Finally, I wouldn’t have to report that Conroy now is “sometimes given to despair’’ and is seriously thinking about quitting journalism, even though in these perilous times journalism needs his kind more than ever.
Since this is not a fairy tale, but a nonfiction dispatch from the frontlines of twenty-first century American journalism, I have to tell you instead that Conroy, who recently turned fifty-nine, hasn’t had a full-time job since he was laid off in December 2007 by the Reader, Chicago’s free weekly alternative newspaper that used to come in four sections, choked with ads and listings, but now comes in only one. “For years a lot of journalists in town just didn’t take us seriously,’’ says Mike Lenehan, a former editor and part-owner of the Reader before it was sold in 2007. “We were just the free paper. In those days, ‘free paper’ was a stigma. John’s work changed that.’’
Since it was founded in 1971, Conroy did more, perhaps, than anyone in the paper’s fine lineup of writers to put the Reader on the map of serious journalism. There’s no question that Conroy did more than anyone else in all of journalism to expose police torture in Chicago. Conroy and the Reader kept the story alive for years until reinforcements arrived from the downtown dailies and a group of Northwestern University journalism students and their professor. Eventually, the efforts of Conroy and other journalists—especially Maurice Possley, Steve Mills, and Ken Armstrong from the Chicago Tribune, who broadened the story to include prosecutorial misconduct—defense lawyers, anti-death-penalty advocates, and a citizens’ police watchdog group convinced then-Illinois Governor George Ryan that the system was broken. In 2003, Governor Ryan emptied death row, sparing the lives of more than 160 condemned men and women, several of whom said their confessions were false and had been extracted through torture by a police commander named Jon Burge and his detectives inside a police station that came to be known, in some circles, as “the house of screams.’’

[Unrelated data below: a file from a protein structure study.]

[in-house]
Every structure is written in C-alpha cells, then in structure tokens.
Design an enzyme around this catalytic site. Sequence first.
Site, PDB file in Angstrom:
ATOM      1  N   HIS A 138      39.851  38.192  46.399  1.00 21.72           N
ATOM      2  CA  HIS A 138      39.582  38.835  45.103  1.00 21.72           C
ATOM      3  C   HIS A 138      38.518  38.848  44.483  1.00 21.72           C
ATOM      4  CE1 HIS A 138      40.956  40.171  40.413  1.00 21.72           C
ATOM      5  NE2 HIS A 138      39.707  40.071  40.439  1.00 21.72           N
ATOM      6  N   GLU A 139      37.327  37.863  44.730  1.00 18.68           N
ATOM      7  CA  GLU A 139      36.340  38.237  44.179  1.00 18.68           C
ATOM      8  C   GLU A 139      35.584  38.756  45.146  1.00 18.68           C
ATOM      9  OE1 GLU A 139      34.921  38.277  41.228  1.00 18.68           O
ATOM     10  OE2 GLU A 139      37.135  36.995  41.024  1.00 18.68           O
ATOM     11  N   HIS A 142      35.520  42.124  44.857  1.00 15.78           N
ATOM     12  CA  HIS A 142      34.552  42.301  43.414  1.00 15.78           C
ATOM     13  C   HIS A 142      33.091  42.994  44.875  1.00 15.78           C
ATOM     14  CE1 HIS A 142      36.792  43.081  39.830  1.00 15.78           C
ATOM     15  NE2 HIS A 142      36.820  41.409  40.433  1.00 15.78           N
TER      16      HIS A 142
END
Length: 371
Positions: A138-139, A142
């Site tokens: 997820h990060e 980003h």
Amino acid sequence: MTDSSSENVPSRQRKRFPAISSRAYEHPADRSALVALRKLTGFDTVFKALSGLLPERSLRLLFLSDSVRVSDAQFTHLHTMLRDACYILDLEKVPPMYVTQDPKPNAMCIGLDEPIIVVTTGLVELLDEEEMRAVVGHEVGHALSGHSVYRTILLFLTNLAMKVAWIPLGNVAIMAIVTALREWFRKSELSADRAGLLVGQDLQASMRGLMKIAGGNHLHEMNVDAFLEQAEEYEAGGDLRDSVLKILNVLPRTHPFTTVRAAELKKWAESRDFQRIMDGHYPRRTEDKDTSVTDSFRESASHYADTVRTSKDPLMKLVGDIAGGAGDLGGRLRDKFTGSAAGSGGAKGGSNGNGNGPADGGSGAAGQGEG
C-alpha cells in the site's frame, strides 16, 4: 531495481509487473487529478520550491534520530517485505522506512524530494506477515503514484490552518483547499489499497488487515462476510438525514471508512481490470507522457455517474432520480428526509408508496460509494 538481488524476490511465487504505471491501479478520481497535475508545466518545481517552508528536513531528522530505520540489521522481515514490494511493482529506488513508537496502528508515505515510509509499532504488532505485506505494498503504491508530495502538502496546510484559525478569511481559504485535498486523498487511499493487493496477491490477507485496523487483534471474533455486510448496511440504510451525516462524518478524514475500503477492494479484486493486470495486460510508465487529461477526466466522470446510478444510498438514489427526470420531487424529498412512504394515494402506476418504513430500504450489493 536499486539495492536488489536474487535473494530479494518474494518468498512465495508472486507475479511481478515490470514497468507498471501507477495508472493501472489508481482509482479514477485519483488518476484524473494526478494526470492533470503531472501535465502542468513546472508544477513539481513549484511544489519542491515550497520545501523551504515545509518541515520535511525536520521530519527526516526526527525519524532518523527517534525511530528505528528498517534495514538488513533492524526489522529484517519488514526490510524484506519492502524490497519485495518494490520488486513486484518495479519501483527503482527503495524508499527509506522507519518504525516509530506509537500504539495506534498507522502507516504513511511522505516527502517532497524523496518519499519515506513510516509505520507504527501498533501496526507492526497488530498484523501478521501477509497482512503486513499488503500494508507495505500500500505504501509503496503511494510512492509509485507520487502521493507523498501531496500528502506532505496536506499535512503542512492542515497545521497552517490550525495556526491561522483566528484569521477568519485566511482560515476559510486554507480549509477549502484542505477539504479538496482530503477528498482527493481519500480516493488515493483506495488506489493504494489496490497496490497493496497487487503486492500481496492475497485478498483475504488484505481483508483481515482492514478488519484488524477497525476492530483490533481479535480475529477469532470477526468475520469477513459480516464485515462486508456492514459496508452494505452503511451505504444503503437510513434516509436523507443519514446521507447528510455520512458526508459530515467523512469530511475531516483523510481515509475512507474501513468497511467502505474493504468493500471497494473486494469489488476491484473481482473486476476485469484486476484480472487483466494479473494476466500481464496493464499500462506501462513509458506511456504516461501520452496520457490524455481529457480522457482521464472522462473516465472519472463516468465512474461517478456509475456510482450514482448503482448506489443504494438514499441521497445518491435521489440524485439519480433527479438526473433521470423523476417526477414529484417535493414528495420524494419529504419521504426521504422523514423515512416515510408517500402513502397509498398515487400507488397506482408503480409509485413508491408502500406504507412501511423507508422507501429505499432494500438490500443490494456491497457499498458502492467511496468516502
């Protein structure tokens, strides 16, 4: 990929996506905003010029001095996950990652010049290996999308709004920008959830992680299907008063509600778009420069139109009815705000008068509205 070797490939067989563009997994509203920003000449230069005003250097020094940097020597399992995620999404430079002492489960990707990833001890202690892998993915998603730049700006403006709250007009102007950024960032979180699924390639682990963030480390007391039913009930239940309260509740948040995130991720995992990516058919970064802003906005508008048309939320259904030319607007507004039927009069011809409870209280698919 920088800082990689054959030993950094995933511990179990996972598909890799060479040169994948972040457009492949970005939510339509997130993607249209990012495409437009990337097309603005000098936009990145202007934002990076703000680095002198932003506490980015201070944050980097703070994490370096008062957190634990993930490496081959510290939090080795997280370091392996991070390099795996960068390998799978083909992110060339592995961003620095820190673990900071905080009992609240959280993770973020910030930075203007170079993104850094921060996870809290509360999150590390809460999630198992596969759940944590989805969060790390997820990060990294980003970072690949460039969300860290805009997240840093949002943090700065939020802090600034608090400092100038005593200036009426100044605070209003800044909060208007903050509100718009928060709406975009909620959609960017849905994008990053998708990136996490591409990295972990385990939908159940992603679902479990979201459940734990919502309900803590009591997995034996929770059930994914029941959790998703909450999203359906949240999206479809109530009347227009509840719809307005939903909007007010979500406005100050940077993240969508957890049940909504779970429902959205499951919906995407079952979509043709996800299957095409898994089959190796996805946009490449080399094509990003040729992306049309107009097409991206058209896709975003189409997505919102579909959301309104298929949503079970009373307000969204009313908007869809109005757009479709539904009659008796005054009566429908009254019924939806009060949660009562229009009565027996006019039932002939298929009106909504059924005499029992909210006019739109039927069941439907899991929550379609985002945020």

Jo Ann Patterson’s son Aaron, a gang member, was “interrogated’’ inside that station house before being convicted of double homicide. She has no doubt that her son would be dead today, executed for a crime he did not commit, if not for the long, lonely crusade of John Conroy. “John’s articles helped save Aaron’s life and showed how the system can really get you caught up,’’ she says. “But Aaron wasn’t the only one John saved. A lot of people owe him their thanks.’’
Over the years, the city has shelled out millions in legal fees and settlements, including nearly $20 million to Patterson’s son and three others arrested by Burge and his officers. In 2006, a special Cook County prosecutor’s investigation concluded that the commander and his men had obtained dozens of confessions through torture. “I can’t begin to tell you,’’ says Andrea D. Lyon, a criminal defense attorney and the author of Angel of Death Row, a memoir about her experience representing condemned prisoners, “what an enormous loss it is to not have someone like John doing the in-depth work he was doing.’’